Streaky edge from Cook through gully for three. Desultory applause from the run-starved masses.

1707: Eng 32-0
Southee to continue from the Nursery End. Cook aims a big pull at a short one but toes it just over mid-on for one. Spotted in the crowd: former England rugby centre Will Greenwood. It's no Mick Jagger, but at least he's still watching.

1702: Eng 28-0
Jacob the Giant to get us underway again. Cook steals a single and Strauss does the same. Words from the match officials is that play could continue all the way through to 1900. Touching levels of optimism.

1657: Indeed we are - here come Strauss and Cook. Extraordinary.

1654: Some chat from umpire Simon Taufel - he says the light is improving. Behind him Buckers is carefully placing the bails back atop the stumps. We might be on again shortly.

1644: Stands are emptying, bars are filling up. If you were holding any horses you might own, now might be the time to let them go.

From Mark in London, TMS inbox: "Have located what appears to be an Um Bongo hippo sweat-shop in Tanzania: http://tinyurl.com/65s9qu "

1629: It's not actually raining, it should be said, but there's zero sign of play starting any time soon. At the same time, might that be such a bad thing? I've just had a text from a friend in the Mound Stand saying today is the boring day of cricket he's ever attended.

Should you require a diversion, feel free to take a look at the TMS Blog where former England skipper Alec Stewart wonders whether all Test grounds should have permanent floodlights installed.

1619: An aerial camera-shot of the nearby Regent's Park shows a game of cricket in full flow between two sets of schoolkids. As one lad bowls like a soldier throwing a grenade, the chap stationed at cover is practising the Crane ninja move.

From Laurence in Paris, TMS inbox: "It's my opinion that the line 'added the mandarin' actually refers to the Mandarin translation the marmoset did for the Um Bongo brand, with his prescient knowledge of the imminent expansion of China as an economic power, rather than the mere adding of a fruit. He is now head of the Asian Marketing Department."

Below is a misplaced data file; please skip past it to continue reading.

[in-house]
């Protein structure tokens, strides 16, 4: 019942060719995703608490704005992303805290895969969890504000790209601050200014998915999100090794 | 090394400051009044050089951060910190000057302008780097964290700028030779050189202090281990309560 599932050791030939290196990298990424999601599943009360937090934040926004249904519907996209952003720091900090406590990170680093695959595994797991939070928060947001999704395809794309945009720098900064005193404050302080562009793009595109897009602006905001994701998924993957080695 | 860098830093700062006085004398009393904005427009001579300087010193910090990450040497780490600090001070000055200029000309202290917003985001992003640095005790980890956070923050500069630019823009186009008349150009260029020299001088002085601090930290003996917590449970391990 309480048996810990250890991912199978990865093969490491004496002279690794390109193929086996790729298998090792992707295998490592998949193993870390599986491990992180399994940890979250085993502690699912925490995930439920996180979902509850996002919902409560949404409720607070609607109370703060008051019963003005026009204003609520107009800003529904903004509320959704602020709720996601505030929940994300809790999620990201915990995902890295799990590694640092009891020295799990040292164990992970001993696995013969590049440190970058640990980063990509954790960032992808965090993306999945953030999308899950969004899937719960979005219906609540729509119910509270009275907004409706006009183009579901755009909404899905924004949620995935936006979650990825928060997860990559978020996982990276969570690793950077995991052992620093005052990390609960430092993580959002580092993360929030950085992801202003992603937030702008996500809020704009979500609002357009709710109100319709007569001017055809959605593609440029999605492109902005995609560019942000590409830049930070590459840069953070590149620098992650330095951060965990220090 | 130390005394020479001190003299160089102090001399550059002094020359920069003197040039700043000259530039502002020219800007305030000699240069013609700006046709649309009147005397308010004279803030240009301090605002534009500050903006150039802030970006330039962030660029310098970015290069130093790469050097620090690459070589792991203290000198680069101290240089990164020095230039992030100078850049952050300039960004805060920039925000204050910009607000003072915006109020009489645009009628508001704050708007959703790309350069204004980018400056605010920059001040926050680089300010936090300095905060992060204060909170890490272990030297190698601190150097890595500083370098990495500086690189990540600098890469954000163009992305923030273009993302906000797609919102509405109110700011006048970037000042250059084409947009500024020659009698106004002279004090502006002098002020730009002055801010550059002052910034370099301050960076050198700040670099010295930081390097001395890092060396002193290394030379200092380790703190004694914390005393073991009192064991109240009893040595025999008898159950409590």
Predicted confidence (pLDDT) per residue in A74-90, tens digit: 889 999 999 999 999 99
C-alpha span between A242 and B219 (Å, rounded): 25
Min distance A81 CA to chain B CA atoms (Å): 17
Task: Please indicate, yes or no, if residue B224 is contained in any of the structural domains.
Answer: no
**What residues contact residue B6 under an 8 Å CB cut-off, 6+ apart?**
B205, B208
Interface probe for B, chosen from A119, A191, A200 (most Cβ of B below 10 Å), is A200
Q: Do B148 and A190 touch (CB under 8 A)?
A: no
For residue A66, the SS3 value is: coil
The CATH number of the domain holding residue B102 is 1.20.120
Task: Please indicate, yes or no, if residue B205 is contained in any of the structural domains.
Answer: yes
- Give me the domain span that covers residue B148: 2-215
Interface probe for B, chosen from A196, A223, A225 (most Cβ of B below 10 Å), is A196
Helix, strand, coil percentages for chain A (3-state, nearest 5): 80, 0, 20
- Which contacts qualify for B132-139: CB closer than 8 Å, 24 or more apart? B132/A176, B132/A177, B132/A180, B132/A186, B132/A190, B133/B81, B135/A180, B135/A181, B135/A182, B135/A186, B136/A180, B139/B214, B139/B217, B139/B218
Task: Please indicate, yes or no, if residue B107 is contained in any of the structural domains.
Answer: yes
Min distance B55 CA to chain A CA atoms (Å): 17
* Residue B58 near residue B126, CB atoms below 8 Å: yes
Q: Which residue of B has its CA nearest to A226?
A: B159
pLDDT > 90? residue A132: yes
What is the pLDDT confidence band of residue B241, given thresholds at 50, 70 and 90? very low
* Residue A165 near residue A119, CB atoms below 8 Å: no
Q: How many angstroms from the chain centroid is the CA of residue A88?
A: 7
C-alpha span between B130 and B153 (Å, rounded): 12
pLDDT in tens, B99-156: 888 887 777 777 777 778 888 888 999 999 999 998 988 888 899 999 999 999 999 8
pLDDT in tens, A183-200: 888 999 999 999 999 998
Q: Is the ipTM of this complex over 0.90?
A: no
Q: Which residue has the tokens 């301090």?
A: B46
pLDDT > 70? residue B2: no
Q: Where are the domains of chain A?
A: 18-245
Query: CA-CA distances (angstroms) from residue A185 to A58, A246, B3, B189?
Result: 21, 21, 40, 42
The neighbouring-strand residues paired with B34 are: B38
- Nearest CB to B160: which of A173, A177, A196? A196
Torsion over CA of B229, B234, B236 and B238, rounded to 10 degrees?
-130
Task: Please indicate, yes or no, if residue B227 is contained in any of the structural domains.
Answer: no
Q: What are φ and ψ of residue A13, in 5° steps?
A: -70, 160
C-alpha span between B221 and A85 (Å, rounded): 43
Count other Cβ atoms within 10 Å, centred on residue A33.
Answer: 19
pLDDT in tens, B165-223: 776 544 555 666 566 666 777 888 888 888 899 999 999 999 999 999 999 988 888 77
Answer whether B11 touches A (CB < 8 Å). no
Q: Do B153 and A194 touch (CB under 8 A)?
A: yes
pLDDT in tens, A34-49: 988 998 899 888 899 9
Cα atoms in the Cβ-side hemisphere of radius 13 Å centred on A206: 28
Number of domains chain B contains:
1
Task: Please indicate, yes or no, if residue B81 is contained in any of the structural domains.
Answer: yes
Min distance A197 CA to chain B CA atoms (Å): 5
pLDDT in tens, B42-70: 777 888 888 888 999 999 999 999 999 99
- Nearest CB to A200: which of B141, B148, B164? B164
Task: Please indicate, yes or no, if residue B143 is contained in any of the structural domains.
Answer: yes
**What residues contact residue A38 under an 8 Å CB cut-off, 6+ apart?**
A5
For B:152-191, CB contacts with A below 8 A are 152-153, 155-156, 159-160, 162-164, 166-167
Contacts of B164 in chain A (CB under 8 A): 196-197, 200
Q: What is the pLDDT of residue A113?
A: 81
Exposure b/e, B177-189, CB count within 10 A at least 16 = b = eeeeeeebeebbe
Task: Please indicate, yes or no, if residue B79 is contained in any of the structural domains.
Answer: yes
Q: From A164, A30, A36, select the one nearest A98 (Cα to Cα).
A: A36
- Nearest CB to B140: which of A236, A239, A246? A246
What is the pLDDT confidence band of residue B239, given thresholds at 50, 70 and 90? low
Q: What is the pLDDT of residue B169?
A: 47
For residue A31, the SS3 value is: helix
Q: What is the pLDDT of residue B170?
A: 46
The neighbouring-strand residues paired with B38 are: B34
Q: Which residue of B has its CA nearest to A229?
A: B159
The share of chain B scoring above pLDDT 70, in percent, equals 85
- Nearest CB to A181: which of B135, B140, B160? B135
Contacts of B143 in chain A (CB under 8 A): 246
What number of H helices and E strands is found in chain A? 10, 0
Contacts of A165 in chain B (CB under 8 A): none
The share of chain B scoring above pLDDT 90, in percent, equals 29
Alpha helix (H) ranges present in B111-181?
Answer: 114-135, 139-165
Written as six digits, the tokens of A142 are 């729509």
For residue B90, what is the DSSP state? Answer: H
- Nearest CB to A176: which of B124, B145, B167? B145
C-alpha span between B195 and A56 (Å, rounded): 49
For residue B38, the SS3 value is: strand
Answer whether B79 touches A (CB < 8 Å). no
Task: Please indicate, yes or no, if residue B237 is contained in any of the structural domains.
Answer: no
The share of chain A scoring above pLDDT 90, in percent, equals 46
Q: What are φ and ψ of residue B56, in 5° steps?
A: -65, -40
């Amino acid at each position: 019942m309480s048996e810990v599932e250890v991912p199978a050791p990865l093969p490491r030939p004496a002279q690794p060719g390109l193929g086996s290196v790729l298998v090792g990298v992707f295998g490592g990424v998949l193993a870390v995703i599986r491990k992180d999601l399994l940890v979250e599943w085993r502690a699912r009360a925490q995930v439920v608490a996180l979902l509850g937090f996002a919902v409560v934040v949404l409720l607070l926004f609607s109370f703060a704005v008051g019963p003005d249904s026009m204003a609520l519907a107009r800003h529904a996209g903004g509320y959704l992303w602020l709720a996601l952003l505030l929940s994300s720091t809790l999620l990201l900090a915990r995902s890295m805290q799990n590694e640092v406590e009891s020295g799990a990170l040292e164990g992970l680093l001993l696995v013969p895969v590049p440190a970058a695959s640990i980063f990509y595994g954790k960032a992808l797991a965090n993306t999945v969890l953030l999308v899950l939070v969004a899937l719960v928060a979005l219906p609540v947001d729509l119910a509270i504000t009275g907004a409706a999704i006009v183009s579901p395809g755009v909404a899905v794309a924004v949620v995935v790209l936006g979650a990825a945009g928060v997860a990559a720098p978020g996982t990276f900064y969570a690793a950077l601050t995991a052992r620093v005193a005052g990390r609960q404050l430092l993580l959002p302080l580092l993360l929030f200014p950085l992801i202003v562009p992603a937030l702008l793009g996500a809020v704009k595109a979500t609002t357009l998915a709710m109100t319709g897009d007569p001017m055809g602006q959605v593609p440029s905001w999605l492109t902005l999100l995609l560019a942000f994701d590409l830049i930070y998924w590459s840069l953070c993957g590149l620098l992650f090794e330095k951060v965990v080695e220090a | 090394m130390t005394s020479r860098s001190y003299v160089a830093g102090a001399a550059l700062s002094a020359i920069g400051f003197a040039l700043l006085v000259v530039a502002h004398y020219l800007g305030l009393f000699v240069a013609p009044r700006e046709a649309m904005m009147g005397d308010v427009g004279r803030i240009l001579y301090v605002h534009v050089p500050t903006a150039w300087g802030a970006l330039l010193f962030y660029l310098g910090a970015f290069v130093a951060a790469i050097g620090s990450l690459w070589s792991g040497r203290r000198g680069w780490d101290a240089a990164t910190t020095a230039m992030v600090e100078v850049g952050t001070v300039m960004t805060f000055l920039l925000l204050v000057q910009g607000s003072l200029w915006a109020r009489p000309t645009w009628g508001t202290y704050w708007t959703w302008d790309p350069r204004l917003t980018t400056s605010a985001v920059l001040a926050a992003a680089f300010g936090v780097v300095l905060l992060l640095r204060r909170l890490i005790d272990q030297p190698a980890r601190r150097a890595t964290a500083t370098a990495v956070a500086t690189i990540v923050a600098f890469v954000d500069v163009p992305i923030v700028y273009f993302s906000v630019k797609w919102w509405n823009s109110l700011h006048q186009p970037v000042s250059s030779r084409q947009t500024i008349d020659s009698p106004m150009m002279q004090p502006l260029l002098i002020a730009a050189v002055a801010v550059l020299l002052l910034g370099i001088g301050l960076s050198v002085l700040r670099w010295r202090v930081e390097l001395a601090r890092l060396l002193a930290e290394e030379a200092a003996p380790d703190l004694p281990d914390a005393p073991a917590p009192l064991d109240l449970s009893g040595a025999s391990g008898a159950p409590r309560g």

1616: Bucknor's back in the middle. He's put the bails on... and now he's taken them off again. A few spots of rain land on his upturned forehead, and he signals wearily for the covers. Woe is us.

From Luke Nunneley, TMS inbox: "If your readers had any idea of the appalling conditions in which the animals are forced to work to make Um Bongo way down deep in the middle of the Congo I think they would make rather fewer light-hearted comments about their efforts. It's no joke for a python having to peel a passion fruit without opposable thumbs."

1608: If you don't have access to Sky television at the moment, you're missing a fascinating interview with John Major, who's talking about his earliest cricketing memories. Somewhere in the Lord's pavilion, Steve Bucknor's light-meter goes into meltdown.

From Ryan in London, TMS inbox: "I believe that the marmoset came up with the 'adding of Mandarin' by way of not wanting to miss the boat. He was actually brought into secure the financial package, share and pension scheme for all the animals that had contributed to the drink. Having realised that this was going to a lucrative venture he needed a route in. Hence the adding of the Mandarin. He now owns a rather pleasant mangrove swamp just out side Kisangani."

BAD LIGHT STOPS PLAY

1557:

Bad light stops play
Uh-oh - Bucknor and Taufel confer, and that's it for the time being. They'll take an early tea.

From Rob in Baltimore, TMS inbox: "'The hippo's flat, paddle-like tail is used to spread excrement, which marks territory borders and indicates status of an individual.' (African Wildlife Foundation) When was the last time Um Bongo was inspected by Health and Safety?"

1555: Eng 26-0